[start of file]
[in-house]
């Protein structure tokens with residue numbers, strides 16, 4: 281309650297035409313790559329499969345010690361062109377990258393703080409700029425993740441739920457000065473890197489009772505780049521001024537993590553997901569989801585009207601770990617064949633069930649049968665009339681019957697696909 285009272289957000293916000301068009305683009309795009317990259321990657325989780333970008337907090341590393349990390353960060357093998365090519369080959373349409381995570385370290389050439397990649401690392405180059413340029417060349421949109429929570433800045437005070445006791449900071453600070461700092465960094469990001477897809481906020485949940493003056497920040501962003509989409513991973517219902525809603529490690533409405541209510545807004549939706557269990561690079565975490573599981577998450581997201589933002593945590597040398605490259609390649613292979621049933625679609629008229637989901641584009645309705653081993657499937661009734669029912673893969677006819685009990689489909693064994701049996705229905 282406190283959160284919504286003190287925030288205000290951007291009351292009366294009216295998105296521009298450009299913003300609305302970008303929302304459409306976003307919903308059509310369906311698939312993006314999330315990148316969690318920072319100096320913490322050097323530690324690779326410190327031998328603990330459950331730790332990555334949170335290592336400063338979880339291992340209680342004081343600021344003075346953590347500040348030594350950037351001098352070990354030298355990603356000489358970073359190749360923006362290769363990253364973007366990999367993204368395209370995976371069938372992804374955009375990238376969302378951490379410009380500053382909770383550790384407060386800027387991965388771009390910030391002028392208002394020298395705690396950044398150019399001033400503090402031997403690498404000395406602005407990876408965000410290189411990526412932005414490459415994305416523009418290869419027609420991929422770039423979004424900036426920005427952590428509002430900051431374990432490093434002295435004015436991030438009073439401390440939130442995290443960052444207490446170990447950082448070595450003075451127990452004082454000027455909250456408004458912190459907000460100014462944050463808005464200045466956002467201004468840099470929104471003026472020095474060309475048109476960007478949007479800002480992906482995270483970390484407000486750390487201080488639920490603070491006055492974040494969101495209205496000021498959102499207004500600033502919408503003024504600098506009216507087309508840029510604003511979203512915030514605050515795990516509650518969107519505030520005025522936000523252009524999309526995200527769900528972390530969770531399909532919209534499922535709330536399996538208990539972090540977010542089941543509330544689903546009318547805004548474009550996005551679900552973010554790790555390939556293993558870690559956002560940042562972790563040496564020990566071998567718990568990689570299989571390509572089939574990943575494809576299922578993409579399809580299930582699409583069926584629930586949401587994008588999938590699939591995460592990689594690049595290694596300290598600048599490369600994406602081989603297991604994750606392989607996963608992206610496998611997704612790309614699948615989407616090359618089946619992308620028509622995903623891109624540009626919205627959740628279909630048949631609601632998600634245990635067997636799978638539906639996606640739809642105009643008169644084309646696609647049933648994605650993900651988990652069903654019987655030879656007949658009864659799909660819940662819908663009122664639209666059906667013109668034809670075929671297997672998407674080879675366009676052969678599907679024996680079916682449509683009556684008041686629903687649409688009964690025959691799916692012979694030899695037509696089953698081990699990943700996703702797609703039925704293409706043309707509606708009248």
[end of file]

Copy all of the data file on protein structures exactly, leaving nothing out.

[in-house]
């Protein structure tokens with residue numbers, strides 16, 4: 281309650297035409313790559329499969345010690361062109377990258393703080409700029425993740441739920457000065473890197489009772505780049521001024537993590553997901569989801585009207601770990617064949633069930649049968665009339681019957697696909 285009272289957000293916000301068009305683009309795009317990259321990657325989780333970008337907090341590393349990390353960060357093998365090519369080959373349409381995570385370290389050439397990649401690392405180059413340029417060349421949109429929570433800045437005070445006791449900071453600070461700092465960094469990001477897809481906020485949940493003056497920040501962003509989409513991973517219902525809603529490690533409405541209510545807004549939706557269990561690079565975490573599981577998450581997201589933002593945590597040398605490259609390649613292979621049933625679609629008229637989901641584009645309705653081993657499937661009734669029912673893969677006819685009990689489909693064994701049996705229905 282406190283959160284919504286003190287925030288205000290951007291009351292009366294009216295998105296521009298450009299913003300609305302970008303929302304459409306976003307919903308059509310369906311698939312993006314999330315990148316969690318920072319100096320913490322050097323530690324690779326410190327031998328603990330459950331730790332990555334949170335290592336400063338979880339291992340209680342004081343600021344003075346953590347500040348030594350950037351001098352070990354030298355990603356000489358970073359190749360923006362290769363990253364973007366990999367993204368395209370995976371069938372992804374955009375990238376969302378951490379410009380500053382909770383550790384407060386800027387991965388771009390910030391002028392208002394020298395705690396950044398150019399001033400503090402031997403690498404000395406602005407990876408965000410290189411990526412932005414490459415994305416523009418290869419027609420991929422770039423979004424900036426920005427952590428509002430900051431374990432490093434002295435004015436991030438009073439401390440939130442995290443960052444207490446170990447950082448070595450003075451127990452004082454000027455909250456408004458912190459907000460100014462944050463808005464200045466956002467201004468840099470929104471003026472020095474060309475048109476960007478949007479800002480992906482995270483970390484407000486750390487201080488639920490603070491006055492974040494969101495209205496000021498959102499207004500600033502919408503003024504600098506009216507087309508840029510604003511979203512915030514605050515795990516509650518969107519505030520005025522936000523252009524999309526995200527769900528972390530969770531399909532919209534499922535709330536399996538208990539972090540977010542089941543509330544689903546009318547805004548474009550996005551679900552973010554790790555390939556293993558870690559956002560940042562972790563040496564020990566071998567718990568990689570299989571390509572089939574990943575494809576299922578993409579399809580299930582699409583069926584629930586949401587994008588999938590699939591995460592990689594690049595290694596300290598600048599490369600994406602081989603297991604994750606392989607996963608992206610496998611997704612790309614699948615989407616090359618089946619992308620028509622995903623891109624540009626919205627959740628279909630048949631609601632998600634245990635067997636799978638539906639996606640739809642105009643008169644084309646696609647049933648994605650993900651988990652069903654019987655030879656007949658009864659799909660819940662819908663009122664639209666059906667013109668034809670075929671297997672998407674080879675366009676052969678599907679024996680079916682449509683009556684008041686629903687649409688009964690025959691799916692012979694030899695037509696089953698081990699990943700996703702797609703039925704293409706043309707509606708009248």